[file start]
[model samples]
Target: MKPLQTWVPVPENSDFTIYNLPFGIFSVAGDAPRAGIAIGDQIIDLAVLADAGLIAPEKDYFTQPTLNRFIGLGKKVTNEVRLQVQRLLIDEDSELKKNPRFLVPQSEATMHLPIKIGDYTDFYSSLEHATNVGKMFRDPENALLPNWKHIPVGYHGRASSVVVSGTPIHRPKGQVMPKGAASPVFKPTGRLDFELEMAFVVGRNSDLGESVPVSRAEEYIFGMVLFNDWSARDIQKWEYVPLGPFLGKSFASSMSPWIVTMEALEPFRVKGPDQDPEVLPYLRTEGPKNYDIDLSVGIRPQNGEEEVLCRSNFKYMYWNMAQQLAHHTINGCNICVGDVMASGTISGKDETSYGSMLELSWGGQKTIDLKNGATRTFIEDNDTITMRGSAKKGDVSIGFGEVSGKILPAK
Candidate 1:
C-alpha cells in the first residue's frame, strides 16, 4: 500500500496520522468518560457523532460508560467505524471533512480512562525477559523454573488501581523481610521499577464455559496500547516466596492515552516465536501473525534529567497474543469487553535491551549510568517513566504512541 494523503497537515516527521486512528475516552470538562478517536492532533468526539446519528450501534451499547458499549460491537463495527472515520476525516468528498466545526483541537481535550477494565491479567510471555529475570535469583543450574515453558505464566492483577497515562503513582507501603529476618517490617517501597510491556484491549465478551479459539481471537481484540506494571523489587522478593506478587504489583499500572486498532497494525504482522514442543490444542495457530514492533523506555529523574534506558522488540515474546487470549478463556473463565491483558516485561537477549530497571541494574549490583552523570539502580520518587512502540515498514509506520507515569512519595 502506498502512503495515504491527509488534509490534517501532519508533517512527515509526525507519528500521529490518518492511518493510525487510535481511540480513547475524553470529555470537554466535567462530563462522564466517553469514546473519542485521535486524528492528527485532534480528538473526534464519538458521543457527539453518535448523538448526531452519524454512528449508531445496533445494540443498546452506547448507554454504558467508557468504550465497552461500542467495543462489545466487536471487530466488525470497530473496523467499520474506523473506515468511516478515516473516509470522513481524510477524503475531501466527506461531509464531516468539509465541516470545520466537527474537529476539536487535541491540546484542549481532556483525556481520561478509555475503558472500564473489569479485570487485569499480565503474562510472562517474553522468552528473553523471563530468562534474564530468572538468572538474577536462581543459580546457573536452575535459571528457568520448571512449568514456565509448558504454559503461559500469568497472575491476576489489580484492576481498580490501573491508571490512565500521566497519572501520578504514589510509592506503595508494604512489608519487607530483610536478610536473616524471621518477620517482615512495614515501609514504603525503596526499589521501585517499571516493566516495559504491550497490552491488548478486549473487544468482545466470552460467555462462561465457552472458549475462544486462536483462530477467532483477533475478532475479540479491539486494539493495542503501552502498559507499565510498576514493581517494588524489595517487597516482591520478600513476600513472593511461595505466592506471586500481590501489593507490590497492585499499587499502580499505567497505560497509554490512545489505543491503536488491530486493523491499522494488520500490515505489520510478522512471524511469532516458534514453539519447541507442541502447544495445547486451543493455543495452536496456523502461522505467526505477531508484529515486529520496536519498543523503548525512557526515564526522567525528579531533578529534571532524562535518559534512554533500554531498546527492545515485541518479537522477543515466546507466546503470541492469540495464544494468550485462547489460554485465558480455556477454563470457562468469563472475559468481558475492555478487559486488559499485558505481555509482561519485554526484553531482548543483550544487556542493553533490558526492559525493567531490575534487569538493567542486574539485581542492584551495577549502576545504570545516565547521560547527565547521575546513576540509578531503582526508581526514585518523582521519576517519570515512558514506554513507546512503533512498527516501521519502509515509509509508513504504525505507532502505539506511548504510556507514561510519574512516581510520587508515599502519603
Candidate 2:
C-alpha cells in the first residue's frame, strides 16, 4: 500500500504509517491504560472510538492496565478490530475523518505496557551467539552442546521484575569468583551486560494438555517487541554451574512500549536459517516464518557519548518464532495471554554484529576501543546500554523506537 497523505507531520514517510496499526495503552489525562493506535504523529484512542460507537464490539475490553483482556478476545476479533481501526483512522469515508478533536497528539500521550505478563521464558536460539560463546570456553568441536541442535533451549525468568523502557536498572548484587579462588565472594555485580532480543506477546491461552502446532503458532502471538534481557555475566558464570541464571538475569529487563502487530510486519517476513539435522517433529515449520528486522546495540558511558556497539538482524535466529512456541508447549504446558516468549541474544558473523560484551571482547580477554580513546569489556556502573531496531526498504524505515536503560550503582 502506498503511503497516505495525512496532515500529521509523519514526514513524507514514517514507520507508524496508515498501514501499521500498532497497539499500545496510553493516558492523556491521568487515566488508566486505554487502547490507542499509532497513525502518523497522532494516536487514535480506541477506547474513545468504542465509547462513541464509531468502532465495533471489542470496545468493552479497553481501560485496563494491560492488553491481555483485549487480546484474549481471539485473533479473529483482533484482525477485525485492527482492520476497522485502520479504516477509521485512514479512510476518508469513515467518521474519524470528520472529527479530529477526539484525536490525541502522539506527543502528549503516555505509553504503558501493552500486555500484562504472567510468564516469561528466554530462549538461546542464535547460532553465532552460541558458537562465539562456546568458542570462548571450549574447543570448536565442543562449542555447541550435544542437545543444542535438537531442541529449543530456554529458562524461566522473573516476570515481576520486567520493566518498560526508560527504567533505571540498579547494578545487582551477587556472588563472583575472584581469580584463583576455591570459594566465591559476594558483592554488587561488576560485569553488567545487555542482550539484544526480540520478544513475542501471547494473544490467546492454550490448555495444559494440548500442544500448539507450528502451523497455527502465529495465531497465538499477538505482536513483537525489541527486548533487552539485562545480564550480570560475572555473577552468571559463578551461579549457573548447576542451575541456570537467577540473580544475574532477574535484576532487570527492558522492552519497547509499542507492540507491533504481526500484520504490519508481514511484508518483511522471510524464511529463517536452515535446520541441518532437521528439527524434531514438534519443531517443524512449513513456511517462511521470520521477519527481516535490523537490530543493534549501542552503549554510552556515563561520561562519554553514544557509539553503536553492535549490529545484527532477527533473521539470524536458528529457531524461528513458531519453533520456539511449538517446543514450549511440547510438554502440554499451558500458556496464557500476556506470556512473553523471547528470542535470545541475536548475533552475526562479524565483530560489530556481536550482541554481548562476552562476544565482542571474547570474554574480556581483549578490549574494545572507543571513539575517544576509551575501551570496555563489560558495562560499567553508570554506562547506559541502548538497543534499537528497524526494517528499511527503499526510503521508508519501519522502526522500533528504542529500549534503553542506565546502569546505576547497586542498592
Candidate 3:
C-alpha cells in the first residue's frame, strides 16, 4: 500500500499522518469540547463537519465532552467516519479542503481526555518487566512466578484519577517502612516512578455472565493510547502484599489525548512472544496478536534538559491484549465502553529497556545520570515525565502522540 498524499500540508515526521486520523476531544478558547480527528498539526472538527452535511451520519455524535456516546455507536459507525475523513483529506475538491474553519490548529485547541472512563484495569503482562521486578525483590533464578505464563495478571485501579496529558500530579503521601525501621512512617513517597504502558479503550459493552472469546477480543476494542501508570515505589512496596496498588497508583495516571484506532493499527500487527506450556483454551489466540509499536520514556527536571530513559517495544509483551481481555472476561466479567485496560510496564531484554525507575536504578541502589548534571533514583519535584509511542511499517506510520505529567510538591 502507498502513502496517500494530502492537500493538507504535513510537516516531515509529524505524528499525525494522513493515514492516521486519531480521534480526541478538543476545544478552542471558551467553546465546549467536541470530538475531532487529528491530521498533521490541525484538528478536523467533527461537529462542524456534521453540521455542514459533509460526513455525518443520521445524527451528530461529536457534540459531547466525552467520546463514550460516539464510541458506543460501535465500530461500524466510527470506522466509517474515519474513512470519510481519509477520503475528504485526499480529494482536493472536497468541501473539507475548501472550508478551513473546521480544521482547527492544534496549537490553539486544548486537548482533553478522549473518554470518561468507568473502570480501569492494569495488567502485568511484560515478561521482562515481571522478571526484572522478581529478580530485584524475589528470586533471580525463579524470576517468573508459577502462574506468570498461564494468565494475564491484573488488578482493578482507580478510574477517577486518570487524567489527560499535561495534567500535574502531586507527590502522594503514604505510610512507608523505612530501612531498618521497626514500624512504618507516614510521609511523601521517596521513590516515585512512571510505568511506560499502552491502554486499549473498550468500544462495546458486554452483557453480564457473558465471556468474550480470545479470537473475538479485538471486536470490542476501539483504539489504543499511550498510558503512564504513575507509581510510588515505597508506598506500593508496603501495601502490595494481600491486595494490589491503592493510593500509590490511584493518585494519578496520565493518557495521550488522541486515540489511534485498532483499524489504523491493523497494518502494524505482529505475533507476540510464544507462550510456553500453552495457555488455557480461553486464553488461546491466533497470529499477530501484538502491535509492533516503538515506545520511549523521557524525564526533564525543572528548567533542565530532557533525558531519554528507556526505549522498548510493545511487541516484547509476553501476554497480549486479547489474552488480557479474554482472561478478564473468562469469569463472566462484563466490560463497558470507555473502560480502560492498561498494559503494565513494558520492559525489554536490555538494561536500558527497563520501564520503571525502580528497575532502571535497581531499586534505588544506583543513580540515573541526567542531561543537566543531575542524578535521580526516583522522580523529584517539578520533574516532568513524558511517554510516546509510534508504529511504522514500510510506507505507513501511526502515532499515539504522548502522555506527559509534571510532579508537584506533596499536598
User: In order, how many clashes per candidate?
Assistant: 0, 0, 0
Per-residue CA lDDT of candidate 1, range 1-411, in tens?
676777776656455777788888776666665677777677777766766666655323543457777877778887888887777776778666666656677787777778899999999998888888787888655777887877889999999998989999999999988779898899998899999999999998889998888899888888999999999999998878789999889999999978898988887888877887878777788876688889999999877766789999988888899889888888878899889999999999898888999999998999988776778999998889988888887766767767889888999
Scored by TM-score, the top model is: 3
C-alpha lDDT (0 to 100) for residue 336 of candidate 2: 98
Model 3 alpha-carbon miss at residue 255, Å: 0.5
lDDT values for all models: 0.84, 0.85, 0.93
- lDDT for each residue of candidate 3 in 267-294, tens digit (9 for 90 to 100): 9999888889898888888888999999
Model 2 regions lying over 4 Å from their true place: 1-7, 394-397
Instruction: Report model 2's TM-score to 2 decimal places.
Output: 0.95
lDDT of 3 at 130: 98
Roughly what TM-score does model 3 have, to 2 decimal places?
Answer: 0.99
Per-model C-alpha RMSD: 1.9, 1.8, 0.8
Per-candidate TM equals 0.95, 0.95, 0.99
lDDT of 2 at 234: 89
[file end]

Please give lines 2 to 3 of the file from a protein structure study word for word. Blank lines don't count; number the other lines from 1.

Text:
Target: MKPLQTWVPVPENSDFTIYNLPFGIFSVAGDAPRAGIAIGDQIIDLAVLADAGLIAPEKDYFTQPTLNRFIGLGKKVTNEVRLQVQRLLIDEDSELKKNPRFLVPQSEATMHLPIKIGDYTDFYSSLEHATNVGKMFRDPENALLPNWKHIPVGYHGRASSVVVSGTPIHRPKGQVMPKGAASPVFKPTGRLDFELEMAFVVGRNSDLGESVPVSRAEEYIFGMVLFNDWSARDIQKWEYVPLGPFLGKSFASSMSPWIVTMEALEPFRVKGPDQDPEVLPYLRTEGPKNYDIDLSVGIRPQNGEEEVLCRSNFKYMYWNMAQQLAHHTINGCNICVGDVMASGTISGKDETSYGSMLELSWGGQKTIDLKNGATRTFIEDNDTITMRGSAKKGDVSIGFGEVSGKILPAK
Candidate 1: